When Marissa Mayer was tapped to take over Yahoo in 2012, it seemed like an argument that women could have it all–career, family, children–and pull off the act with the same sort of style that earned her an interview with Vogue. Now that she has announced her resignation from Yahoo’s board and is expected to resign as CEO after a proposed sale to Verizon is complete, she leaves behind a controversial reputation, with many criticizing her for her failure to turn the company around.

Mayer was an unusual choice five years ago when she was named Yahoo’s new CEO. Not only was she one of the few women working in tech leadership positions, she started her new position while six months pregnant. While some observers were skeptical that she could turn the company around and achieve what Yahoo’s three previous CEOs couldn’t, others tried to present her as a feminist role model.

This was a role Mayer was less willing to adopt.

“I don’t think that I would consider myself a feminist,” Mayer told PBS in 2012. “I believe that women are just as capable, if not more so, in a lot of different dimensions. But I don’t, I think, have sort of the militant drive and sort of the chip on the shoulder that sometimes comes with that.”

While Mayer was happy to talk code, feminist allies found that she was not quite the heroine they were looking for.

Katharine Zaleski, president of PowerToFly, a job-matching service for women in technology, described Mayer’s position as sort of “a catch-22 where she doesn’t want to be a spokeswoman for women at work even though she has become a spokeswoman for women at work.”

Despite having been one of only a handful of women to join a fledgling Google, Mayer’s focus when hiring was ability, not gender. In fact, over the course of Mayer’s tenure, Yahoo’s workplace lost female employees in management. Women currently make up 21 percent of Yahoo’s leadership, down from 23 percent last year. Thirty-one percent of its workforce is female.

Overall, Yahoo’s workforce is smaller than it was when Mayer took the helm. Under a layoff plan announced in February of 2015, the company prepared to let go 15 percent of its workforce, or roughly 1,600 employees.

Slowly, Yahoo investors found that Mayer’s tenure was not the salvation they had been looking for. Soon after beginning as CEO, she began a binge of acquisitions, spending somewhere between $2.3 and $2.8 billion to acquire 53 different companies, emphasizing mobile, video, native advertising, and social media technologies and using the purchases to add talent. After Tumblr, the most well-known of her technology buys, was drastically devalued in subsequent earnings reports, many observers began to doubt the wisdom of the strategy.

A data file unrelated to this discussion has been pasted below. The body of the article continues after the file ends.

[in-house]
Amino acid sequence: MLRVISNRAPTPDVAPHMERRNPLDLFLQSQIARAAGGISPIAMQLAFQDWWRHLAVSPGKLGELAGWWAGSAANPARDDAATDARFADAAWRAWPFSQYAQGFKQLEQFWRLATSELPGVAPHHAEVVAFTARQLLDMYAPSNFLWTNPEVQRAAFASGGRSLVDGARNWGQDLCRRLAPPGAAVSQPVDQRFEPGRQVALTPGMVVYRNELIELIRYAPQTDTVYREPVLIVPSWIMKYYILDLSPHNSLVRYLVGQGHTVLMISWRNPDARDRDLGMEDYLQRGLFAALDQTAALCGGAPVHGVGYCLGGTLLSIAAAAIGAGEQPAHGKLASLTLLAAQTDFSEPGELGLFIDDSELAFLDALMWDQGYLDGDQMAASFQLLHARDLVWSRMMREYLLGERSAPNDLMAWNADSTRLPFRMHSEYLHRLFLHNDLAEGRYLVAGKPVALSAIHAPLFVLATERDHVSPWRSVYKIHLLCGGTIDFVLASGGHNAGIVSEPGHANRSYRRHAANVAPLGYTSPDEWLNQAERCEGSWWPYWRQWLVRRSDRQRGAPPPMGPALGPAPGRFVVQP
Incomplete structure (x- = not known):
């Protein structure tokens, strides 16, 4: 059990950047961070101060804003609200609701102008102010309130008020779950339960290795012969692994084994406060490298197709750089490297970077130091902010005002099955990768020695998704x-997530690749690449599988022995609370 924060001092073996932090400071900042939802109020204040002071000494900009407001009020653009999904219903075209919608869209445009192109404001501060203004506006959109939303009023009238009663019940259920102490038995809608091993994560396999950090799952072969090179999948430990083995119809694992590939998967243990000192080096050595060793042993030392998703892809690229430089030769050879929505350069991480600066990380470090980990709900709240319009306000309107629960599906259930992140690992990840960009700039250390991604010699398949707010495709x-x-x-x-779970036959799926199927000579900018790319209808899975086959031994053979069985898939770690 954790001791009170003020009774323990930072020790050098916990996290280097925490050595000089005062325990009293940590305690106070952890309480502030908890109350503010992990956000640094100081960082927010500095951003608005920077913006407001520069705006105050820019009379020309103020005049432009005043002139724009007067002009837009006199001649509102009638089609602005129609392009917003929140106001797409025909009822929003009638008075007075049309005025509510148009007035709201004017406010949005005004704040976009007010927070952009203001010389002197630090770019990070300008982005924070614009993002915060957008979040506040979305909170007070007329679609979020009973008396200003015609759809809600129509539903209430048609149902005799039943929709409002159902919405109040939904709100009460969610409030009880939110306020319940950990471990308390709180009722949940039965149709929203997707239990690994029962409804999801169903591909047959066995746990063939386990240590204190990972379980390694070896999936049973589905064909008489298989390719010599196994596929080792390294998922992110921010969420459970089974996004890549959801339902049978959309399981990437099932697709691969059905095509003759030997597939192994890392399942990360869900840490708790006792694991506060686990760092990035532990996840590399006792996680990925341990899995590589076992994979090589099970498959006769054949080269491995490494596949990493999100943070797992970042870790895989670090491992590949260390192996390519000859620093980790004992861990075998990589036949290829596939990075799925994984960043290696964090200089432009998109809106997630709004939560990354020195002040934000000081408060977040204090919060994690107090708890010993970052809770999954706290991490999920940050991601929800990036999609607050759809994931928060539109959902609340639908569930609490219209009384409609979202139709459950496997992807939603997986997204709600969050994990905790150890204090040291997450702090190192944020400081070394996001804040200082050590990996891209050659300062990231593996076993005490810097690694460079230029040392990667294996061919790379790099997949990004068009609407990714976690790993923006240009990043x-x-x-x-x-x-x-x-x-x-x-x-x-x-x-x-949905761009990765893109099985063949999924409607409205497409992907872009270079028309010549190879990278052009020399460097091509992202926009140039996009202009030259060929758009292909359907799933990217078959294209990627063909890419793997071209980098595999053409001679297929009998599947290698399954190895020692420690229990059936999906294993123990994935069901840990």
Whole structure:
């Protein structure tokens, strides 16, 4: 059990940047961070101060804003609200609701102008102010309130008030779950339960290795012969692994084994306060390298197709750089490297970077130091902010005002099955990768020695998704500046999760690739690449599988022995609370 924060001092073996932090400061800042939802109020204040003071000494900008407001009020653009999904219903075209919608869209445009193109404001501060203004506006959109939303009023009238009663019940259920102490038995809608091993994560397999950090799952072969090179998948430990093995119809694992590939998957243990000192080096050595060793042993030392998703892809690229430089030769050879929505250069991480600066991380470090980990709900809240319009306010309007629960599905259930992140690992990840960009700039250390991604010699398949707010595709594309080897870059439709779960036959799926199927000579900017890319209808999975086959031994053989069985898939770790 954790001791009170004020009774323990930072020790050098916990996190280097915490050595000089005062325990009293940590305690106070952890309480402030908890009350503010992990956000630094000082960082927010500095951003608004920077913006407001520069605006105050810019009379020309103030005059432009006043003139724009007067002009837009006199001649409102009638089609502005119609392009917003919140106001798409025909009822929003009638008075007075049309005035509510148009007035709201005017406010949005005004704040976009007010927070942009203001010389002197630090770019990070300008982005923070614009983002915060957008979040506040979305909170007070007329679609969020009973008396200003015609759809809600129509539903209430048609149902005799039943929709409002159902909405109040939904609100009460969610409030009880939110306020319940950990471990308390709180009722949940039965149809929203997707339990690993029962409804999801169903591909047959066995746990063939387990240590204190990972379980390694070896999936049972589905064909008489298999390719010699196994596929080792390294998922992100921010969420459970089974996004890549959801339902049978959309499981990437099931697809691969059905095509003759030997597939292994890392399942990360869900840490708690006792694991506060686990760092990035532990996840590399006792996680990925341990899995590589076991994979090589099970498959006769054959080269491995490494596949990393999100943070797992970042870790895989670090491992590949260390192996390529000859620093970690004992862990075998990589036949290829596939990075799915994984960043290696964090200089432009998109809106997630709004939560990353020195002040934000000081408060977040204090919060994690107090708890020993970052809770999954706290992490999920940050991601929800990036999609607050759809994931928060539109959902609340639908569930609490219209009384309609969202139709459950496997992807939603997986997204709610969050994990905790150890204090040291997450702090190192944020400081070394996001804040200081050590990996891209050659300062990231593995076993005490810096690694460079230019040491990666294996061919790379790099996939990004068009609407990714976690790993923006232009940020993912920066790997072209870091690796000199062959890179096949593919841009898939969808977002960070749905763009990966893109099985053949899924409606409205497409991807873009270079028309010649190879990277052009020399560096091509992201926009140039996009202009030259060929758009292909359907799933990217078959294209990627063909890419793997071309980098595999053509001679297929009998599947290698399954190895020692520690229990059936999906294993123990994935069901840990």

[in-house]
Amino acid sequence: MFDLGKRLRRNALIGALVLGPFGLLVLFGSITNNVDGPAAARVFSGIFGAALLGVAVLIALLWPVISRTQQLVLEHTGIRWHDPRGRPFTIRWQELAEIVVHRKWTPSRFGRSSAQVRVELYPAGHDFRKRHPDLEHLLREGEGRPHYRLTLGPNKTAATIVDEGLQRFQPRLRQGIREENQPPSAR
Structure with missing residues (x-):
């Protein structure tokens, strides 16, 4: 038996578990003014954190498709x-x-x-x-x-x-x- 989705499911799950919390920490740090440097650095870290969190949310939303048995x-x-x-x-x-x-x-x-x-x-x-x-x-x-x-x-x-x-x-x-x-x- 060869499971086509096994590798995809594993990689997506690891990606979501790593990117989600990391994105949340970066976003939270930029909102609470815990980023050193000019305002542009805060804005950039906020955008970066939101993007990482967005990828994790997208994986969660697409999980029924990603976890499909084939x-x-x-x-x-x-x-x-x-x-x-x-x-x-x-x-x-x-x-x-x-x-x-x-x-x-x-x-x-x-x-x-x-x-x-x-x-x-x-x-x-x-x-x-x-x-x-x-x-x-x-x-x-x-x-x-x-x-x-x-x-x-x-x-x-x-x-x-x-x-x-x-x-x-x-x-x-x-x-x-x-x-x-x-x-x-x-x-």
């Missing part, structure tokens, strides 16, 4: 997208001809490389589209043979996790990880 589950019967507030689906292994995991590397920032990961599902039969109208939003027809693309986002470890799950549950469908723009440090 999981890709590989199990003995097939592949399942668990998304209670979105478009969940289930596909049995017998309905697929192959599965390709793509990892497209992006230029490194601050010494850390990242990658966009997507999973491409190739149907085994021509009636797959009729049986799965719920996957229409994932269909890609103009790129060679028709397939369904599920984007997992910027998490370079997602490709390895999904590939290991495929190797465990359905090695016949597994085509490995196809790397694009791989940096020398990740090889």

When investors saw the company’s quarterly earnings report in July, however, many began predicting that it might be the company’s last. After controlling 20 percent of global web advertising between 2006 and 2008, Yahoo’s marketshare was down to 3 percent and the price-per-ad paid by advertisers had fallen 15 percent from the previous year.

The disappointing numbers earned caustic commentary from Recode editor Kara Swisher.

“What is likely to be the last Yahoo earnings release ever will drop just after 1 pm PT today,” wrote Swisher, never a supporter of Mayer’s policies.

“‘Drop’ is exactly the way to put it. Wall Street expects the results from the Silicon Valley internet giant to be another weak one, with revenue down 20 percent and earnings down close to 50 percent from a year ago. Investors could see an upside to those dire results, which is the best one can hope for given the core implosion that has devastated Yahoo’s business for far too long,” she continued.

At the end of July, the company announced an upcoming sale to Verizon for $4.83 billion. It was almost exactly four years since Mayer took her place at the helm, and the company’s stock price had surged 151 percent, from $15.69 to $38.90. Critics noticed that most of that growth came from the stake Yahoo owned in Alibaba.  

Many of the same policies introduced with glowing praise in the Vogue article now reappeared in pieces criticizing Mayer’s executive decisions. Whereas Vogue praised her decision to give employees “iPhones instead of BlackBerrys,” the decision later appeared in a 2015 report by hedge fund manager Eric Jackson as an example of corporate waste.

Yahoo spent almost $10 million on the iPhones. It also spent more than $100 million a year on catered meals and sponsored the Met Ball Gala for $3 million, all decisions difficult to justify to shareholders when revenues remained stubbornly low.

The final earnings report of Mayer’s time at the top showed that for all of the heavy spending, Yahoo remained a ghost of its former self, plagued by stories of hacking and lacking particular dominance in any corner of the digital market. It no longer led in advertising, mail, media, or news. Its remaining web properties are set to be sold to Verizon for what was initially supposed to be a paltry $4.8 billion, roughly 5 percent of its heyday valuation in 2000. That number now seems likely to drop further as a result of past security breaches affecting the accounts of hundreds of millions of Yahoo users that had not been disclosed to Verizon. 

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